Metro: Growth will happen; be ready for it

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Growth is going to happen, and we'd better be ready for it, according to new District 2 Metro Councilor Carlotta Collette.

Speaking to the West Linn City Council at Monday night's worksession, Collette described a new program that Metro is presenting to each of the cities and counties within its jurisdiction.

The program is called 'Making The Greatest Place,' and is a substitute for the previous mandatory expansions of the urban growth boundary.

At the meeting, Collette voiced Metro's prediction that the region would grow by one million more people within only a few decades. She came to West Linn to ask for cooperation in making the area ready for the influx and in managing the locations for growth.

Her reason for thinking that prediction is accurate is the desirability of the Northwest.

'One of the problems (with managing growth) is that this is one of the better places to be,' she said. 'In a great continent, this is one of the better places. Every time there is a fire in southern California, more people move here.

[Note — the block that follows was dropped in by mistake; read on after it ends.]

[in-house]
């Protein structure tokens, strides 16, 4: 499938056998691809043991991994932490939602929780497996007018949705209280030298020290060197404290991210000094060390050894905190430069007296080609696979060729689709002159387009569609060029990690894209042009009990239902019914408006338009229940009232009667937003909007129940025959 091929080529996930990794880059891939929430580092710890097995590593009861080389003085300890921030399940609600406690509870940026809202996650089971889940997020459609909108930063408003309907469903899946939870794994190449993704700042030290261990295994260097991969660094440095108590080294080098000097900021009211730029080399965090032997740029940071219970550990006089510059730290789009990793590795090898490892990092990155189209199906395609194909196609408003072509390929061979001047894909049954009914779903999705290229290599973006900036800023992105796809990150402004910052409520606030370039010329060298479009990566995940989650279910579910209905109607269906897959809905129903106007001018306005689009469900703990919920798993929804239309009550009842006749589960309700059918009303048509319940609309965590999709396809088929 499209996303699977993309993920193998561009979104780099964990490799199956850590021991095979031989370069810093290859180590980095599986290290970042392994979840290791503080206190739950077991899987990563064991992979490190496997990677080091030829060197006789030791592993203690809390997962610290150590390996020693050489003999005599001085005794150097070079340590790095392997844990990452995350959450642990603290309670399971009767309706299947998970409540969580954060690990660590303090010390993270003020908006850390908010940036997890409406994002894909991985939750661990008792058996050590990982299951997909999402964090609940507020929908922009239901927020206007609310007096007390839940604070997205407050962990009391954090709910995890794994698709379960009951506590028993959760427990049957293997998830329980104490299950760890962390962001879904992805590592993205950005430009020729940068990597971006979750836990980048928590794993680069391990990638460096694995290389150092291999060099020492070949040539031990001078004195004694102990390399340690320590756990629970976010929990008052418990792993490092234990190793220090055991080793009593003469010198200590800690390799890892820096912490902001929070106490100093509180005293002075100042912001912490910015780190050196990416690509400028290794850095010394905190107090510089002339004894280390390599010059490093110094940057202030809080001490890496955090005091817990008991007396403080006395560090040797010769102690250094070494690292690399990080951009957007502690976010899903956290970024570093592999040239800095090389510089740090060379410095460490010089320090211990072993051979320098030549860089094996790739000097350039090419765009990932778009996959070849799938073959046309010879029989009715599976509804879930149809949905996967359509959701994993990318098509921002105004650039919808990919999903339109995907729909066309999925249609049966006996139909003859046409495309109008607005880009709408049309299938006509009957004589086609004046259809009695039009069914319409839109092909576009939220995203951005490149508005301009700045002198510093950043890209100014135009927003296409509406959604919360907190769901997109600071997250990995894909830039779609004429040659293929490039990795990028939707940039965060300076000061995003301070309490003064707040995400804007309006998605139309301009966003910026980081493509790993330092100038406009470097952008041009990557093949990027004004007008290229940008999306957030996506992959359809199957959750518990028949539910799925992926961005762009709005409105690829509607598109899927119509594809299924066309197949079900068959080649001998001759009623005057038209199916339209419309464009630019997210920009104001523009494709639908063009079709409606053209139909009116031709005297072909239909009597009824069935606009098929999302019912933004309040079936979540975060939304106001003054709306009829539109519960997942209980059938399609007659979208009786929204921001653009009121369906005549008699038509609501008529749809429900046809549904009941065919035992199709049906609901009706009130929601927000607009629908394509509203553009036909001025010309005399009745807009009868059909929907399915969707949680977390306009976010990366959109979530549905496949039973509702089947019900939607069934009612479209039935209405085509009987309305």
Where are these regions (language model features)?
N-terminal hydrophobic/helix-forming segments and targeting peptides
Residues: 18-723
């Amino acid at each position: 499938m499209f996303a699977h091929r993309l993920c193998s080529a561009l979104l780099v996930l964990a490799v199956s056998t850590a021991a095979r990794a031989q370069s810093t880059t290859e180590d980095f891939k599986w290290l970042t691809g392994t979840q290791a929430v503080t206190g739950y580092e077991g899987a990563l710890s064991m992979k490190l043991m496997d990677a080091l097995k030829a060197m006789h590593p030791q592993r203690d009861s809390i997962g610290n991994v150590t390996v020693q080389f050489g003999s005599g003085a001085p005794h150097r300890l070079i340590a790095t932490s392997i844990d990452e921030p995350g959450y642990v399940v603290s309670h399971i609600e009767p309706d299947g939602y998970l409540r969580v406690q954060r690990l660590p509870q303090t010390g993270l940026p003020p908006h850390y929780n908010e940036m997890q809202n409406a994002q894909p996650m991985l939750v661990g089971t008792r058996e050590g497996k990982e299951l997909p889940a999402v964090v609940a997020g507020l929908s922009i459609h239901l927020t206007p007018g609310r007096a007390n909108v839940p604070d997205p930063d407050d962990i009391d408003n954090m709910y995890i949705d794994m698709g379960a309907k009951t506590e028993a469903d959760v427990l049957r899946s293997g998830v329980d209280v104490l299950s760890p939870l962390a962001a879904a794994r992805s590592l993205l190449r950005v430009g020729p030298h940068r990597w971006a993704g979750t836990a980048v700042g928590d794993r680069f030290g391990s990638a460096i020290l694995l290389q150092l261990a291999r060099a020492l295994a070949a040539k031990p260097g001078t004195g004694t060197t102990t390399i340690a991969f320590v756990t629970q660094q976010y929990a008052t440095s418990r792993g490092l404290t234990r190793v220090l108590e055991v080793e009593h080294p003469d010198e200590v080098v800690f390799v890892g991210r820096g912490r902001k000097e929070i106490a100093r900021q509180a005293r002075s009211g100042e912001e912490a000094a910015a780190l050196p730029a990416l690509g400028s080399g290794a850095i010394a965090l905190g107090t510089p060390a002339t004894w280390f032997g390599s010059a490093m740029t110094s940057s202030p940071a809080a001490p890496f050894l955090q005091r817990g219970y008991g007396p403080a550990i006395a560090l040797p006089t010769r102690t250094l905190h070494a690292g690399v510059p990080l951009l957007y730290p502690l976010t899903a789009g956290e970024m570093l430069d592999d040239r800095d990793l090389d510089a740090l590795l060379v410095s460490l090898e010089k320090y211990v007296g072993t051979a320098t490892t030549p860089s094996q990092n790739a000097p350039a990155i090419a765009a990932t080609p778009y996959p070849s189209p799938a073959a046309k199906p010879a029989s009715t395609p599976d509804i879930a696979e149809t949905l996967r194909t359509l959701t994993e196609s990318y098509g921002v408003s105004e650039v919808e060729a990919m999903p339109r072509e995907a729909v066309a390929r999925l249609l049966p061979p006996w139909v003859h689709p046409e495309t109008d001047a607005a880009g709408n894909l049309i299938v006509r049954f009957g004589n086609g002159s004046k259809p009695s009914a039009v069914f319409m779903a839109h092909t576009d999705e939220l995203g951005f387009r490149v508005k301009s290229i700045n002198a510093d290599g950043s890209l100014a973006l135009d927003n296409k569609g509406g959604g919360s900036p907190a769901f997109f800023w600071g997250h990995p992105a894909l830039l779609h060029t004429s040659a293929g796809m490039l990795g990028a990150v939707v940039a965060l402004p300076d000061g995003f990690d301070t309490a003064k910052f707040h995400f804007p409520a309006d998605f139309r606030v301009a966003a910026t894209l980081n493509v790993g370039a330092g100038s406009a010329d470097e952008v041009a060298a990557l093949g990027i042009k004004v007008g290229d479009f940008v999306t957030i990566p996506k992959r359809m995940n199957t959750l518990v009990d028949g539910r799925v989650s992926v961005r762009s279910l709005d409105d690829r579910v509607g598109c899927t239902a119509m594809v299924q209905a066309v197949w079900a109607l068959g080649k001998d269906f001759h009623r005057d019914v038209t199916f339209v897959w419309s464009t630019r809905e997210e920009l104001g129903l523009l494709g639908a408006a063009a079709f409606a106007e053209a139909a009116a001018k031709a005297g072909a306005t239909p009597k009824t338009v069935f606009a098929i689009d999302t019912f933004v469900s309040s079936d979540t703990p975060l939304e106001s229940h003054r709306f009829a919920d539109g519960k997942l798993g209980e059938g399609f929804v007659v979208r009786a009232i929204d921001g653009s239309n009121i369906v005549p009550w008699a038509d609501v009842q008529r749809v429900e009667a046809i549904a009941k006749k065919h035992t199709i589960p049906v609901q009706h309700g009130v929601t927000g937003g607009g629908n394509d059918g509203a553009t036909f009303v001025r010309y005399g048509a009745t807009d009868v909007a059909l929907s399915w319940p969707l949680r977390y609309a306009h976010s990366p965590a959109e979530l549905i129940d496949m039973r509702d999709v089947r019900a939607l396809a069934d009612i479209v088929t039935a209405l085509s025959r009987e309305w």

'I don't think there's any plan to shut (growth) down. I don't see how we could. The best we can do is have policies that protect the things that we most value, shorten our commutes and make our communities more livable.'

Unfortunately, Collette said, as we make it better for ourselves, it also becomes more attractive to those who would like to move here.

Collette described a two-year process that has recently begun, which will produce policies to manage growth and identify areas where expansion makes sense.

One of the great challenges, she said, is to find funding sources and make new infrastructure more efficient, concentrating residential and commercial in town centers instead of satellite cities far from the metro area (such as Damascus).

Councilor Scott Burgess agreed that growth will happen, and said all you have to do is look back a few decades to make a comparison.

'What was here 20, 30 or 50 years ago looked different,' he said. 'The fact that it used to have cows and now has houses is not a negative impact of growth.'

Collette said Metro councilors want to see that growth happen in urban town centers and corridors.

The roundtable discussion Collette had with the West Linn council is being duplicated around the region, and another regional roundtable discussion is being planned sometime in May or June.

For more information, visit and click on planning and stewardship, and then on regional vision and policy.